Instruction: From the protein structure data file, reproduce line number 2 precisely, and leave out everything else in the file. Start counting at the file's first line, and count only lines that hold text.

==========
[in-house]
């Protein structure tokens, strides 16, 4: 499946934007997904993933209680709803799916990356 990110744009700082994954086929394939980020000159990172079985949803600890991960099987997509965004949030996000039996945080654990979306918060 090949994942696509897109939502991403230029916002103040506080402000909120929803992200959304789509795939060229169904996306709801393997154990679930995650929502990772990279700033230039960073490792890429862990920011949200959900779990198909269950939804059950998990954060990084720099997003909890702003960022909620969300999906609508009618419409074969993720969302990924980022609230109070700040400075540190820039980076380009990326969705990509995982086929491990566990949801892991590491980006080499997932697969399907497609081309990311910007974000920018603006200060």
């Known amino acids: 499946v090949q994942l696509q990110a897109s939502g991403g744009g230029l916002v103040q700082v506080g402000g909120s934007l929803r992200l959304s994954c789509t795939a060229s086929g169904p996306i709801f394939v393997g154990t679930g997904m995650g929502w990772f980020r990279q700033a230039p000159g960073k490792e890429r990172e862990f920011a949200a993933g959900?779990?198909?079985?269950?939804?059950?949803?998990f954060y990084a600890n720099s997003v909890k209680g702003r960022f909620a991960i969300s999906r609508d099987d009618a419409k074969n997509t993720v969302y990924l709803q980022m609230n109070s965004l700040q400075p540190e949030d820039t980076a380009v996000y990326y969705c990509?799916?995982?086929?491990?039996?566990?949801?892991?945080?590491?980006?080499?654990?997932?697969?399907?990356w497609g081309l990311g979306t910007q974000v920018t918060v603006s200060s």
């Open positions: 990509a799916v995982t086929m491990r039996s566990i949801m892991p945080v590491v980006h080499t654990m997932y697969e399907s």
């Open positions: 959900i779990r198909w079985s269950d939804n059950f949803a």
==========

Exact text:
């Protein structure tokens, strides 16, 4: 499946934007997904993933209680709803799916990356 990110744009700082994954086929394939980020000159990172079985949803600890991960099987997509965004949030996000039996945080654990979306918060 090949994942696509897109939502991403230029916002103040506080402000909120929803992200959304789509795939060229169904996306709801393997154990679930995650929502990772990279700033230039960073490792890429862990920011949200959900779990198909269950939804059950998990954060990084720099997003909890702003960022909620969300999906609508009618419409074969993720969302990924980022609230109070700040400075540190820039980076380009990326969705990509995982086929491990566990949801892991590491980006080499997932697969399907497609081309990311910007974000920018603006200060």